Kenya is talking to lenders about a plan to issue a $2.5 billion eurobond denominated either in euros or dollars, a banking source said yesterday.
In the government’s 2018/19 budget approved by parliament in September, Treasury CS Henry Rotich set a net external financing target of 287 billion shillings ($2.83 billion) to partly cover the deficit of Sh562 billion.
“They want to assess whether it would be cheaper to borrow in euros or dollars. A number of banks submitted their interest last week, their technical capabilities,” the source told Reuters.
There has been an increase in government borrowing since President Uhuru Kenyatta came to power in 2013 - a rise that has angered some opposition politicians who say it is saddling future generations with debt.
Heavy investment in infrastructure development has driven the stock of Kenya’s public debt to Sh5.15 trillion comprising Sh2.54 trillion in domestic debt and Sh2.61 trillion external debt as at September last year.
This is a Sh3.26 trillion or 172.49 per cent growth in debt since Sh1.89 trillion recorded in June 2013-the year the Jubilee administration took over the reins of power.
Data by the National Treasury shows the World Bank is Kenya’s largest Institutional and overall lender at $5.8 billion (Sh589.28 billion).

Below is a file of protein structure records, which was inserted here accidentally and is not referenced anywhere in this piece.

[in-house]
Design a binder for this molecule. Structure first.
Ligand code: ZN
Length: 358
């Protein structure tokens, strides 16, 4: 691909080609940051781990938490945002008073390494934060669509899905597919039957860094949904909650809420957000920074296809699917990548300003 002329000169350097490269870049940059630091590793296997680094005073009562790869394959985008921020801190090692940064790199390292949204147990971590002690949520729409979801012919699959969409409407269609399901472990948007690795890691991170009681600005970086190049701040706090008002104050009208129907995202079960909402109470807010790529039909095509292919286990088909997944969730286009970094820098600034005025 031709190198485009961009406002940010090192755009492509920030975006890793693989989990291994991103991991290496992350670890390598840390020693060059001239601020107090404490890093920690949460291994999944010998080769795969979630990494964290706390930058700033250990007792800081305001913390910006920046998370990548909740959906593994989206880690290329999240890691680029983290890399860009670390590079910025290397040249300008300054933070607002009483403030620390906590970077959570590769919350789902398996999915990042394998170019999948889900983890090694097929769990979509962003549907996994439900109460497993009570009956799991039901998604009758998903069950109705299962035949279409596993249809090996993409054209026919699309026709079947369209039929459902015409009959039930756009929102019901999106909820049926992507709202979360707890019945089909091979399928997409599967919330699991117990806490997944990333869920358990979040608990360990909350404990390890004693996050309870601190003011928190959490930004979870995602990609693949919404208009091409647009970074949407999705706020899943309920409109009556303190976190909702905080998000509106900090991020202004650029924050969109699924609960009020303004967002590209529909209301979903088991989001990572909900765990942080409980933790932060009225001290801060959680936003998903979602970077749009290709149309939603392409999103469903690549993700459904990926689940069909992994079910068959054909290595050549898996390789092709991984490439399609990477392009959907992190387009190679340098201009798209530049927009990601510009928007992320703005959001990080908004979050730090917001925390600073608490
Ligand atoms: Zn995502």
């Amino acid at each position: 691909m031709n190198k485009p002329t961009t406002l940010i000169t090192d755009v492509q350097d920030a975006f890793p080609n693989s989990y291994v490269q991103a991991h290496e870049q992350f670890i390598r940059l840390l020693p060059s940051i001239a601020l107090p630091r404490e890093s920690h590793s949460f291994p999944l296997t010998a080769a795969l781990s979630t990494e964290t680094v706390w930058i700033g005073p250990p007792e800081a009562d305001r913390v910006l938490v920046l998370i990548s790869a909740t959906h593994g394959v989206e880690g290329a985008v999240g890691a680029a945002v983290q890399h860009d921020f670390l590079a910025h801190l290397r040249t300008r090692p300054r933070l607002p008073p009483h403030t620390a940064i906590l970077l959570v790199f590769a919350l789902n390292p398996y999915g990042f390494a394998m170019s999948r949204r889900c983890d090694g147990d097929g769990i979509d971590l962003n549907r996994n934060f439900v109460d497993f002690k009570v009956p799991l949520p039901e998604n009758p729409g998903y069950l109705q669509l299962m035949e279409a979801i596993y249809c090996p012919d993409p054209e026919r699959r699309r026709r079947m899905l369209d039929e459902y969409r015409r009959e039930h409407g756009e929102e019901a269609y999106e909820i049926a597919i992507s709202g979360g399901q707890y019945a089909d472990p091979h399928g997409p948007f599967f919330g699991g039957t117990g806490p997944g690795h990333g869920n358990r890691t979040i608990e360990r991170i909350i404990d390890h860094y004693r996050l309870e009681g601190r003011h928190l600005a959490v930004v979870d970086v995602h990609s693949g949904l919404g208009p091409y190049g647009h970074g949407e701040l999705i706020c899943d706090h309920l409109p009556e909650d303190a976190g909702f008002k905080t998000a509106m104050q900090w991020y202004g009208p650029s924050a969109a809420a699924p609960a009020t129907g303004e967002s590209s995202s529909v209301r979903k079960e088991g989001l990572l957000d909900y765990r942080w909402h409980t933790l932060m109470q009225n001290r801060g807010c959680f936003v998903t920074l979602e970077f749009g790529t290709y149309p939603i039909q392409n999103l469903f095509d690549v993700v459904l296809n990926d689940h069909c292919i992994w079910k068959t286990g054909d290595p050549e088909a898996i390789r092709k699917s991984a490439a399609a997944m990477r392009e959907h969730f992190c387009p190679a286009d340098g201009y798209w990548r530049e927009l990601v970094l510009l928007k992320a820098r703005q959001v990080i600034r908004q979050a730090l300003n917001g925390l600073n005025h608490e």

China is the country’s largest bilateral lender at $5.5 billion (Sh558.8 billion) followed by France’s Sh64.8 billion and Japan’s Sh51 billion.
Last year, the government raised Sh202 billion via a sovereign bond which was largely used to retire a syndicated loan of Sh101 billion from a consortium of banks.
The bond was issued in February in two equal tranches of 10 and 30 years for an annual interest rate of 7.25 per cent and 8.25 per cent respectively. They are expected to mature in 2028 and 2048.
The first Eurobond was Sh280 billion borrowed in 2014 in five and 10-year tranches. The first five-year tranche expected to cost tax payers Sh97.71 billion will be paid this year.
In October, Treasury PS Kamau Thugge said government is also planning to raise $370 million (Sh37 billion) in syndicated loans to help cover the budget shortfall of Sh562 billion.
According to the World Bank, Kenya is among 14 sub-Saharan countries that will struggle to pay their loans after 2021.
“Large Eurobond repayments from 2021 could pose significant refinancing risk in the region,” the bank said in its October issue of the African Pulse.
Data by CBK shows Treasury borrowed Sh260 billion from external lenders over nine months to September, a Sh150 billion or 36.59 per cent reduction from Sh410 billion borrowed during the same period last year.
On the other hand, domestic borrowing grew Sh80 billion or 33 per cent to Sh320 billion during the review period compared to Sh240 billion borrowed internally the previous year.